|1851||John Wren & Frances Eager||1851|
|1861||John Wren and George Kenward||1861|
|1938||H Victor Brown||1968|
|1980||Mike & Caroline Warren||1990|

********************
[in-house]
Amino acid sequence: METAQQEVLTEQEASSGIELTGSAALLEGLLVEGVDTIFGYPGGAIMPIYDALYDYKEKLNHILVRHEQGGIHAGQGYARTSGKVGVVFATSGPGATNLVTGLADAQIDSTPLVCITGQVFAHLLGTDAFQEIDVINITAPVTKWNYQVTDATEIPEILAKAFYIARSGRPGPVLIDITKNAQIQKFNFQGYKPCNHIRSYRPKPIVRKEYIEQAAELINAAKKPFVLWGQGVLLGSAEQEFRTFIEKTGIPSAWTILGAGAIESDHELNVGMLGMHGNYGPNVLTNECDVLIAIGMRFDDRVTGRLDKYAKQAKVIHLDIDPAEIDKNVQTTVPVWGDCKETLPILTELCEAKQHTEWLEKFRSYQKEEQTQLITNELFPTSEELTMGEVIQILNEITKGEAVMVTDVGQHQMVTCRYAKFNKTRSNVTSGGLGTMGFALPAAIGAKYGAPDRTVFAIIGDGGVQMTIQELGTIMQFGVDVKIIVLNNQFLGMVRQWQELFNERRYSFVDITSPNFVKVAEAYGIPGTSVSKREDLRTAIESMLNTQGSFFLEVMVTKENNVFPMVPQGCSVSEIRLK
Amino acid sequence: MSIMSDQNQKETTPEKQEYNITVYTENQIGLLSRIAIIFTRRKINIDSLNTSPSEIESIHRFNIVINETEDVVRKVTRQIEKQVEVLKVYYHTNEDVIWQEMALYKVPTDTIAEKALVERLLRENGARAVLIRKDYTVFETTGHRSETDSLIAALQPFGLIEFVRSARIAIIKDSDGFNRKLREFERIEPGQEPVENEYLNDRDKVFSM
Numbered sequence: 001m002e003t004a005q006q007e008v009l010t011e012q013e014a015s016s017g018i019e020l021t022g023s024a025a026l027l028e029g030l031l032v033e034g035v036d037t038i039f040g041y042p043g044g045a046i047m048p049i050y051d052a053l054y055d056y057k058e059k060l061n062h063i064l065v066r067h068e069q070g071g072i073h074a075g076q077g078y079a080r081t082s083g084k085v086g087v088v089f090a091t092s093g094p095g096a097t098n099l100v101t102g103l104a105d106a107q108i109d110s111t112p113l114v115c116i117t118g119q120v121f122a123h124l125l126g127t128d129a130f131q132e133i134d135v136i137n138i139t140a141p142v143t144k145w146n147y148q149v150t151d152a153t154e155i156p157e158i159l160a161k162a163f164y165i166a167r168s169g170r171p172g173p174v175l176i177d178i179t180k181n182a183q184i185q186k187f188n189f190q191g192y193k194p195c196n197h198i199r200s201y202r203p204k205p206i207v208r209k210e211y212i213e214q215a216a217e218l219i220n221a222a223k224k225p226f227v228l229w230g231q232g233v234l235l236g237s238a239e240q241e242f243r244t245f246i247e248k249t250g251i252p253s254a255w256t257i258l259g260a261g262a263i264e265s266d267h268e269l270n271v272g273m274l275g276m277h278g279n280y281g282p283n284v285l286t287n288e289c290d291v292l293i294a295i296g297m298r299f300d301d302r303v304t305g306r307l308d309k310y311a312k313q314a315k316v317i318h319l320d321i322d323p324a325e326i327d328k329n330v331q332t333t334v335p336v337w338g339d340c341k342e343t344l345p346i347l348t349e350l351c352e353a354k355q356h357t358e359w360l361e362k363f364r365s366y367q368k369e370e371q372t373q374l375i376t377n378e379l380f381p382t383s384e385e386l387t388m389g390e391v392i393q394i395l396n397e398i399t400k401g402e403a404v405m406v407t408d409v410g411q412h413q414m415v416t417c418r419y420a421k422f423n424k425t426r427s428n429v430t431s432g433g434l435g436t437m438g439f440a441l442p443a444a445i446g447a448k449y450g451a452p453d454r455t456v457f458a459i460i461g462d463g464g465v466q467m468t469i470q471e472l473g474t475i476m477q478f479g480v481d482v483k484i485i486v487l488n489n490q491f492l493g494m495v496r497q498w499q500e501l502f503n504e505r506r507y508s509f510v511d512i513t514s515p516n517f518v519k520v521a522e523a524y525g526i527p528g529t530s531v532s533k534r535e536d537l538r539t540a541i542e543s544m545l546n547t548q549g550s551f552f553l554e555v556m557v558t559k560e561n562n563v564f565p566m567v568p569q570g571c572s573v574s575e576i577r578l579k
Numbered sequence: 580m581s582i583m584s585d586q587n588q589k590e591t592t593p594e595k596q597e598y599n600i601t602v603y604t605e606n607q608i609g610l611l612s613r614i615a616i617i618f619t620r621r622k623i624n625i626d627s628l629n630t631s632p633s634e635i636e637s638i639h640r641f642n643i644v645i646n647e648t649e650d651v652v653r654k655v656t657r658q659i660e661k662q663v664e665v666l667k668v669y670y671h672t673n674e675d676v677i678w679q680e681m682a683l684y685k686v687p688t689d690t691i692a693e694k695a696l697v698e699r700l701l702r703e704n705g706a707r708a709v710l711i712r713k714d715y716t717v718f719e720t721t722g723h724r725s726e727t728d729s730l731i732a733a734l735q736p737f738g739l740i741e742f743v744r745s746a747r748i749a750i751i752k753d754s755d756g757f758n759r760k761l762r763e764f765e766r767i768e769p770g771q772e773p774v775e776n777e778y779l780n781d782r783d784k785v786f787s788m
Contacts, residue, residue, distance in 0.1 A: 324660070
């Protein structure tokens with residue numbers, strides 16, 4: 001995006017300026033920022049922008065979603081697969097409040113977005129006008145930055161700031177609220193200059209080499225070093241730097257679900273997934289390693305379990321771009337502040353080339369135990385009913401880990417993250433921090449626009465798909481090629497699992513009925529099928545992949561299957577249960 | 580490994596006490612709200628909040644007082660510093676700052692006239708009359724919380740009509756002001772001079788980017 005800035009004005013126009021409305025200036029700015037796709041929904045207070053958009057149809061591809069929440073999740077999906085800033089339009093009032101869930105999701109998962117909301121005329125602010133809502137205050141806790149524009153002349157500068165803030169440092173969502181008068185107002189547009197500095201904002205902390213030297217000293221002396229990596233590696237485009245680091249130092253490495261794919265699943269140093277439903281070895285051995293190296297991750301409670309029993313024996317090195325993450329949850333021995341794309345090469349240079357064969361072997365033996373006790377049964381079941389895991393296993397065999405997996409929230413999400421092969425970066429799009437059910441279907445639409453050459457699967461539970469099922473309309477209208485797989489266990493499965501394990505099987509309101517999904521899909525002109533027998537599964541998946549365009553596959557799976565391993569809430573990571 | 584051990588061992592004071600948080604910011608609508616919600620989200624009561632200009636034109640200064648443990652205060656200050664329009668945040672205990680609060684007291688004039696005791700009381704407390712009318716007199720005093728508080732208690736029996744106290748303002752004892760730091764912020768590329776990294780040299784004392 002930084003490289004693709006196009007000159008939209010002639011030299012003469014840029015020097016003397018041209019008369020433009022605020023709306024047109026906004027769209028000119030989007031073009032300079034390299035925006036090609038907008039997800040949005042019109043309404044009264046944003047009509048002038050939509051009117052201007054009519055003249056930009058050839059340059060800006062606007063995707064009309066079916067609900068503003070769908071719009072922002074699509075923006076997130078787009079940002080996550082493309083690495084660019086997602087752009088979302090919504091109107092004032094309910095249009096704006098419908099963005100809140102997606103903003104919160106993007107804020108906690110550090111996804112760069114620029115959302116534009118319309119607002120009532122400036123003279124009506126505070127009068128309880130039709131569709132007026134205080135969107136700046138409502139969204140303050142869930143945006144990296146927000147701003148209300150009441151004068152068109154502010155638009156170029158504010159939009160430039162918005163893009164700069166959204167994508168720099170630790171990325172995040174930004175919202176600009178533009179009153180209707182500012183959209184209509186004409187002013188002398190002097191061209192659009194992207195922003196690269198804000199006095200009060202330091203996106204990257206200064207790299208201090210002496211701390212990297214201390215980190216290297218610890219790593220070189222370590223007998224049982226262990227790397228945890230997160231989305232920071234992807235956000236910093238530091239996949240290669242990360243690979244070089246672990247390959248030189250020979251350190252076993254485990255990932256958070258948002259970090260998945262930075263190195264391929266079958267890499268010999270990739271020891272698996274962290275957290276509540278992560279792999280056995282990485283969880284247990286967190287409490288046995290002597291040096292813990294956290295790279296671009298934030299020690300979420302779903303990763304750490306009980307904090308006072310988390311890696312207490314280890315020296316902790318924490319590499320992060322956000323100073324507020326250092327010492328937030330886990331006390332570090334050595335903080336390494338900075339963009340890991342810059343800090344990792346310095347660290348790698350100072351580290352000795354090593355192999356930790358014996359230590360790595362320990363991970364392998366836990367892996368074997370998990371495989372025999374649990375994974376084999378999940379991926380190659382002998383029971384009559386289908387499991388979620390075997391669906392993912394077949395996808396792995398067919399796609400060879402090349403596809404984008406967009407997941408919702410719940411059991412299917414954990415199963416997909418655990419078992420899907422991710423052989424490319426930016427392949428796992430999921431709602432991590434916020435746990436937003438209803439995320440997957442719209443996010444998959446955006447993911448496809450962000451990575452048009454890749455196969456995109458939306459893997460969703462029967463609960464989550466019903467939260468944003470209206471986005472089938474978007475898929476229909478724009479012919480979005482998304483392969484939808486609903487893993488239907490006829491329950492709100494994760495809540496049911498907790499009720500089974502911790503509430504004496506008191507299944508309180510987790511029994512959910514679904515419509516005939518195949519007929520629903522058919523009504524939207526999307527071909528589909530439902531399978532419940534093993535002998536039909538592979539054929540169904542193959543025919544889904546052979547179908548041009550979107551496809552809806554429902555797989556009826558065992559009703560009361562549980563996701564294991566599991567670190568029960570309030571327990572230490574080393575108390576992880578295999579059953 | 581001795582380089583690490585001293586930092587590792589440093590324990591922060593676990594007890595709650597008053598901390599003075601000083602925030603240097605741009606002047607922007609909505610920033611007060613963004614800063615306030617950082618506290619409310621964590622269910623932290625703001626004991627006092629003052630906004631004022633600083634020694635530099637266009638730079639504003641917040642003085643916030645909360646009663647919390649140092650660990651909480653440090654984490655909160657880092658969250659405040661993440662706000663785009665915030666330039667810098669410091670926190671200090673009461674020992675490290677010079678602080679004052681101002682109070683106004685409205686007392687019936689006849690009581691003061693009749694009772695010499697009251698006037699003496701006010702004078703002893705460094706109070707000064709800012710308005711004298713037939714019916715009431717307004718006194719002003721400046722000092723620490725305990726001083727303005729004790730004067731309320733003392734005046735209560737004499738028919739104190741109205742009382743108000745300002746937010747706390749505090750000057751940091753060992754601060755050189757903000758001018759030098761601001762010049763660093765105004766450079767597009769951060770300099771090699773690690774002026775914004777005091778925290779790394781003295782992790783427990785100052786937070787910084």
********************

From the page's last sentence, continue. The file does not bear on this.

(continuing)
This house has, at various times, been known as Seven Acres, Bridge House (probably), Dairy House, Seven Acres (again), Home Farm and Ellinge. Both the names Home Farm and Ellinge can cause confusion with other properties in the village with the same or similar names. The house took its original name from the field on which the house was built in the south-west corner. The Glynde estate account books show that in January 1802 the estate spent a total of £155 7 shillings and 6 pence on ‘building New House at the Seven Acres’. The work on the new house included work by John Winch, £1 9s 2d; sundry carriages for brick, slate and tiles, £10; William Taylor for iron dogs, £1 2s 10d; and Joseph Goldsmith for carpenter’s and bricklayer’s work and board, £142 5s 6d.By 1841 the house may have been divided into two. Elizabeth Gorringe, widow, and her family were probably living there and Joseph Duplock and his family were living at Bridge House. In 1851 the families of John Wren, agricultural labourer, and Frances Eager, widow, dairy-woman, were recorded at Seven Acres. John Wren and family were still there in 1861 along with the family of George Kenward, a carter. By the 1871 census it appears to have reverted to a single dwelling when John Hilton and his family were recorded at Dairy House. Hilton’s family consisted of himself, aged 58, an agricultural labourer, born in Jevington; his wife Sarah, 51, born in Woodmancote; and two of their children, George, 32, labourer in a chalk pit, born in East Hoathly; and Mary A, 10, born in Glynde. In 1861 John Hilton and his family may have been living at Pigeon House where they had three other sons living with them: John, 19, born in Falmer; Alfred, 19, born in Falmer; and Frank, 13, born in Glynde. A daughter Sarah, aged 1 week, was also listed but the parents must have changed their mind as the baby girl was baptised Mary Ann at Glynde church, 12 May 1861. Mary Ann would become one of the player’s in the Glynde Butterflies stoolball team but the unfortunate John Hilton the younger, a groom and coachman for Caleb Rickman Kemp a Lewes Quaker, committed suicide in 1872. John and Sarah Hilton must have left the house in 1877 as the estate account books show that on 6 Oct 1877 John was paid £2 2s 8d as the valuation of the stoves and grates he left behind in Seven Acres House. In 1881 George Carter, an agricultural bailiff born in Wroxton, Oxfordshire, and his family were living at Dairy House and in 1901 Thomas Pickard, land agent and valuer for the Glynde Estate, aged 38, born in Lewes, and his wife Caroline H, 35, born in North Stoke, Oxford, were living in the house which was now called Home Farm. They had a 26 year old servant, Lily Oden, born in Lewes, living with them but their son Cuthbert was away at boarding school at Steyning. Their daughter Kathleen would be born at the house in 1902. Tom Pickard had first lived at Old Farm House (now Trevor House) which had been the residence of the land agent of the estate since at least 1871. However, he thought the house too large for his small family and, after extensions and improvements were made to Seven Acres, he moved down to the end of the quiet lane, changed the name of the house to Home Farm and converted an old railway carriage he placed on the eastern end of the house into the estate office. Pickard was a keen amateur photographer and took several photographs of the house, both before and after the improvements. When he retired in the late 1930s he moved to Harveys, which he had bought in about 1922. His place as agent for the estate was taken by H Victor Brown, who had been agent for the Brand family’s other estates in the Hoo, Hertfordshire. His wife often took the village Sunday School classes at the house in the 1950s. Victor Brown retired in the 1960s and he and his wife moved to Orchard Cottage. Home Farm was modernised and Brian Pile, farmer of the Home Farm, moved into the house. Later tenants included Mike and Caroline Warren (daughter of Richard Brickell, tenant of Glyndebourne Farm) and their four children in the 1980s, after which the house lost its association with both the estate and the farm. It was during the Warren’s tenancy the name was changed to Ellinge. This is rather misleading as Ellinge Hall is the name of the field to the east of Seven Acres and the house that was built in that field for the gamekeeper was sometimes known as Ellinge Hall and sometimes as Keeper’s Cottage. A part of the farm buildings to the east of the house was converted into a small bungalow for Joyce Rapley to live in when she retired from working on the Home Farm. Joyce had come to the village as a land-girl in World War II and had remained working on the farm after the war. She gained many awards for her thatching prowess on hay-ricks. The bungalow is now named Little Ellinge.